Exercise 2: One device in which there is a huge difference between peak and average power is known as an ultrashort pulse laser. These are used in physics research and can produce pulses of light which are extremely bright, but for extremely short periods of time. A typical device might produce a pulse of duration 100, space, f, s (note that 1, start text, space, f, s, end text, equals, 10, start superscript, minus, 15, end superscript, space, s), with peak power of 350, space, k, W – that's about the average power demanded by 700 homes! If such a laser produces 1000 pulses per second, what is the average power output?

Can the concept of power help us describe how objects move?

The equation for power connects work done and time. Since we know that work is done by forces, and forces can move objects, we might expect that knowing the power can allow us to learn something about the motion of a body over time.
If we substitute the work done by a force W, equals, F, dot, delta, x, start text, space, c, o, s, end text, theta into the equation for power P, equals, start fraction, W, divided by, delta, t, end fraction we find:
P, equals, start fraction, F, dot, delta, x, dot, cosine, theta, divided by, delta, t, end fraction
If the force is along the direction of motion (as it is in many problems) then cosine, left parenthesis, theta, right parenthesis, equals, 1 and the equation can be re-written
P, equals, F, dot, v
since a change in distance over time is a velocity. Or equivalently,
P, start subscript, i, end subscript, equals, m, dot, a, dot, v
Note that in this equation we have made sure to specify that the power is the instantaneous power, P, start subscript, i, end subscript. This is because we have both acceleration and velocity in the equation and therefore the velocity is changing over time. It only makes sense if we take the velocity at a given instant. Otherwise, we need to use the average velocity, i.e.:
P, start subscript, a, v, g, end subscript, equals, m, dot, a, dot, start fraction, 1, divided by, 2, end fraction, left parenthesis, v, start subscript, f, i, n, a, l, end subscript, plus, v, start subscript, i, n, i, t, i, a, l, end subscript, right parenthesis
This can be a particularly useful result. Suppose a car has a mass of 1000, start text, space, k, g, end text and has an advertised power output to the wheels of 75, start text, space, k, W, end text (around 100, start text, space, h, p, end text). The advertiser claims that it has constant acceleration over the range of 0, –, 25, start fraction, start text, m, end text, divided by, start text, s, end text, end fraction.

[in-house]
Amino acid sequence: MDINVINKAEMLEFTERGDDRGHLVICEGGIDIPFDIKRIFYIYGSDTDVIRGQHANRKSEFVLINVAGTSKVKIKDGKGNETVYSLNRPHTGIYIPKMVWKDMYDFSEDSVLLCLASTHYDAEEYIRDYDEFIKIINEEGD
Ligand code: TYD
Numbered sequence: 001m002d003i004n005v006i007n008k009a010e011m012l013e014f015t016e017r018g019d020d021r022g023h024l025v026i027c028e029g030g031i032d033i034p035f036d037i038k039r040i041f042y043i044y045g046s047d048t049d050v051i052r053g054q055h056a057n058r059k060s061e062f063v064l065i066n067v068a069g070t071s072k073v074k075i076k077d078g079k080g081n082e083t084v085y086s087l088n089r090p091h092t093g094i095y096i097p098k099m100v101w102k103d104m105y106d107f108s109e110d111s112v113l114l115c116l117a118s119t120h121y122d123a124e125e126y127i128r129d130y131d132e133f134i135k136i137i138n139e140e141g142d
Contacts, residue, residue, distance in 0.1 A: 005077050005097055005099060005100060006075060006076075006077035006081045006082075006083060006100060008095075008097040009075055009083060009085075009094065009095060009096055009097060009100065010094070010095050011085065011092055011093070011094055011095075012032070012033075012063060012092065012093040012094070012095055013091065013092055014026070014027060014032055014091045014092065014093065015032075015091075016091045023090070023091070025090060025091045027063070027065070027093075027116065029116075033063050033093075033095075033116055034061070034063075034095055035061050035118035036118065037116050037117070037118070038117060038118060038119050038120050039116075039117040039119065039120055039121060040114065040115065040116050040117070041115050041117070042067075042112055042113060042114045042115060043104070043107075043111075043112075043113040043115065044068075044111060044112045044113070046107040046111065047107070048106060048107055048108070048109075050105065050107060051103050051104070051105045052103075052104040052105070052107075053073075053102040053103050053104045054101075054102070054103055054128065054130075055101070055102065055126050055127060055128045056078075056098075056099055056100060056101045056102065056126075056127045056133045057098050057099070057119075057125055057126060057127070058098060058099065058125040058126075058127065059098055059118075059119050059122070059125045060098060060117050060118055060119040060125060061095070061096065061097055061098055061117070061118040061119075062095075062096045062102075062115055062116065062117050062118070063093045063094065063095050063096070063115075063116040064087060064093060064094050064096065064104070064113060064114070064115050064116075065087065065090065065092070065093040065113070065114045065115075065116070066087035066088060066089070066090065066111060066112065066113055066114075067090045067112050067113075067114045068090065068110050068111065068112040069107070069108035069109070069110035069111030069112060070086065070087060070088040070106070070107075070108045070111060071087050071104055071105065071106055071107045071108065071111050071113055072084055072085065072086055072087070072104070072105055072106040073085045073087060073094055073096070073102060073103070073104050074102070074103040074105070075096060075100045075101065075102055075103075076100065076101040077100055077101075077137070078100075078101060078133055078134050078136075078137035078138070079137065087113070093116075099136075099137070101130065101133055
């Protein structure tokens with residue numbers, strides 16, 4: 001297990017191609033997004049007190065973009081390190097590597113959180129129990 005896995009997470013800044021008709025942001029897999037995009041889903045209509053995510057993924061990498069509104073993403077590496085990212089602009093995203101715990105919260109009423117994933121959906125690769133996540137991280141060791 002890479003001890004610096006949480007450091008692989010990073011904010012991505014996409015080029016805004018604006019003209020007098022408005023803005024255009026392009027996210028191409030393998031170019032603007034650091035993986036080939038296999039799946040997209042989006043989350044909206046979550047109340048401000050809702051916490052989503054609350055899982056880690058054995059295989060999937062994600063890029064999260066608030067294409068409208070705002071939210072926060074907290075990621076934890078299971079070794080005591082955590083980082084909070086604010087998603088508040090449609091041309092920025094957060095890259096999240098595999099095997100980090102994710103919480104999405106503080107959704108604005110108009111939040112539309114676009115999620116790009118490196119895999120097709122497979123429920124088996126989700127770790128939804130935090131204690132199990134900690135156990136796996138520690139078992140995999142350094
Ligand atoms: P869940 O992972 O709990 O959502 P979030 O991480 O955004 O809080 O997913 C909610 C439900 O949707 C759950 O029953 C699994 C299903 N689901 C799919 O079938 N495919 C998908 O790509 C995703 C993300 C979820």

Using only this information we can find out the time the car should take under ideal conditions to accelerate from zero to a speed of 25 m/s.
P, start subscript, a, v, g, end subscript, equals, m, dot, a, dot, start fraction, 1, divided by, 2, end fraction, v, start subscript, f, i, n, a, l, end subscript
Because acceleration is delta, v, slash, delta, t:
Pavg=m(vfinal/t)12vfinal=mvfinal22t\begin{aligned} P_\mathrm{avg} &= m \cdot (v_{final} / t) \cdot \frac{1}{2} v_\mathrm{final} \\&= \frac{mv_\mathrm{final}^2}{2t}\end{aligned}
Which can be rearranged:
t=vfinal2m2Pavg=(25 m/s)21000 kg275000 W=4.17 s \begin{aligned} t &= \frac{v_\mathrm{final}^2 \cdot m}{2 \cdot P_\mathrm{avg}} \\ &= \frac{(25~\mathrm{m/s})^2 \cdot 1000~\mathrm{kg}}{2\cdot 75000~\mathrm{W}} \\ &= 4.17~\mathrm{s} \end{aligned} \
Exercise 2: In the real world, we are unlikely to observe such a rapid acceleration. This is because work is also being done in the opposite direction (negative work) by the force of drag as the car pushes the air aside. Suppose we trust the manufacturer at their specification, but actually observe a time t=8 s. What fraction of the power of the engine is being used to overcome drag during the test?

Want to join the conversation?

  • leafers ultimate style avatar for user adityasarkar2706
    how is P=m.a.v instantaneous velocity?
    (6 votes)
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    • leaf orange style avatar for user Alexis
      V= instantaneous velocity; Since acceleration and velocity are in the same equation, then the velocity is changing (accelerating) over time, so it would only make sense to pluck in the velocity of a specific time. However, Pavg= m . a . 1/2 (Vf+Vi) because you are using the AVERAGE velocity. So when using P = m . a . v , this is using the instantaneous velocity at a specific time and actually results in Pi (instantaneous power) not just P; you will need to use the average velocity in order to get the average power. In other words, to find Pavg you must specify that you are also using Vavg, and when using V (velocity at a specific time) you get Pi.